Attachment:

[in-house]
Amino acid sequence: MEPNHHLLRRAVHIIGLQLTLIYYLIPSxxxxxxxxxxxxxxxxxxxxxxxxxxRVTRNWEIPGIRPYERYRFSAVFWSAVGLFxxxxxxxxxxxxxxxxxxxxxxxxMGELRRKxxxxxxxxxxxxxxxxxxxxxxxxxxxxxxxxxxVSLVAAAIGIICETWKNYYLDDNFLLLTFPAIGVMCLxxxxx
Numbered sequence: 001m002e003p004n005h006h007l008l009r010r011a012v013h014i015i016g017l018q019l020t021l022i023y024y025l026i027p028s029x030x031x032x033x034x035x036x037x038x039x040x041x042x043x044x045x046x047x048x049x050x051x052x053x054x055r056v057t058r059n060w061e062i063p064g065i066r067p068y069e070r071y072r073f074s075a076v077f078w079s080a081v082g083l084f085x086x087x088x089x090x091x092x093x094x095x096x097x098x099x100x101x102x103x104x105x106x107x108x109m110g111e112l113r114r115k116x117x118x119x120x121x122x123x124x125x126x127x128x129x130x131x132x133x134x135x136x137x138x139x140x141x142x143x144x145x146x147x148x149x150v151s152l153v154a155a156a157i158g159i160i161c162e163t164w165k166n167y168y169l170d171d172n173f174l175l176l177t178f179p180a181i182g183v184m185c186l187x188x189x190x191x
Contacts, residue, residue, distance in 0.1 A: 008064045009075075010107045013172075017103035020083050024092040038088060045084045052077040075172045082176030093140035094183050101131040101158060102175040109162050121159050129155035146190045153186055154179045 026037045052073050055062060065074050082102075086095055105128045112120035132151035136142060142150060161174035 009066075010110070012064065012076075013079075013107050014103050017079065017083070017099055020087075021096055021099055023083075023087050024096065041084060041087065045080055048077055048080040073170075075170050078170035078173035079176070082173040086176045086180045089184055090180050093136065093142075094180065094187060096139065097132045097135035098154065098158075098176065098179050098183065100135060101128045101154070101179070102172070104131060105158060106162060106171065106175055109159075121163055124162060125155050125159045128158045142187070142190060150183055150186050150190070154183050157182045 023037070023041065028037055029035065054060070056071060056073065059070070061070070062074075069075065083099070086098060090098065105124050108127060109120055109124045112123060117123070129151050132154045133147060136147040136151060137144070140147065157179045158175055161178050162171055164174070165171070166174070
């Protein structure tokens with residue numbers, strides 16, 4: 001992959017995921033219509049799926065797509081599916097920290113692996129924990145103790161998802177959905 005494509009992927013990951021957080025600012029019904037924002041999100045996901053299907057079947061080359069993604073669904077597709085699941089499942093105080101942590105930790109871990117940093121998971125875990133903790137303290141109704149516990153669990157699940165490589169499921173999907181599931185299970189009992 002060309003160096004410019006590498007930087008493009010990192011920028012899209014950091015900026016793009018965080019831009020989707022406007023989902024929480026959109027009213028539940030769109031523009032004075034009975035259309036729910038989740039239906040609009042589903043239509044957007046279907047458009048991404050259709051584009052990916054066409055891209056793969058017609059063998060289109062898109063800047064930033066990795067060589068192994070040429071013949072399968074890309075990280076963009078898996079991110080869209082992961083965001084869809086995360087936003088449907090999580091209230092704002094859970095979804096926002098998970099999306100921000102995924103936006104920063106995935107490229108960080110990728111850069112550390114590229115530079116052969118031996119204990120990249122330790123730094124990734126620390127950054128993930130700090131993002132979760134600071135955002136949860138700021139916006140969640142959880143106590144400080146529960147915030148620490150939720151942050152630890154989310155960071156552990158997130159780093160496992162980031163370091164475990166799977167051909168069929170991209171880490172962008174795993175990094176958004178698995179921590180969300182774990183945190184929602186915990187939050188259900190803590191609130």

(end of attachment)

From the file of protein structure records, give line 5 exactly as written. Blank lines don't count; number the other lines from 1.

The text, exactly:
């Protein structure tokens with residue numbers, strides 16, 4: 001992959017995921033219509049799926065797509081599916097920290113692996129924990145103790161998802177959905 005494509009992927013990951021957080025600012029019904037924002041999100045996901053299907057079947061080359069993604073669904077597709085699941089499942093105080101942590105930790109871990117940093121998971125875990133903790137303290141109704149516990153669990157699940165490589169499921173999907181599931185299970189009992 002060309003160096004410019006590498007930087008493009010990192011920028012899209014950091015900026016793009018965080019831009020989707022406007023989902024929480026959109027009213028539940030769109031523009032004075034009975035259309036729910038989740039239906040609009042589903043239509044957007046279907047458009048991404050259709051584009052990916054066409055891209056793969058017609059063998060289109062898109063800047064930033066990795067060589068192994070040429071013949072399968074890309075990280076963009078898996079991110080869209082992961083965001084869809086995360087936003088449907090999580091209230092704002094859970095979804096926002098998970099999306100921000102995924103936006104920063106995935107490229108960080110990728111850069112550390114590229115530079116052969118031996119204990120990249122330790123730094124990734126620390127950054128993930130700090131993002132979760134600071135955002136949860138700021139916006140969640142959880143106590144400080146529960147915030148620490150939720151942050152630890154989310155960071156552990158997130159780093160496992162980031163370091164475990166799977167051909168069929170991209171880490172962008174795993175990094176958004178698995179921590180969300182774990183945190184929602186915990187939050188259900190803590191609130």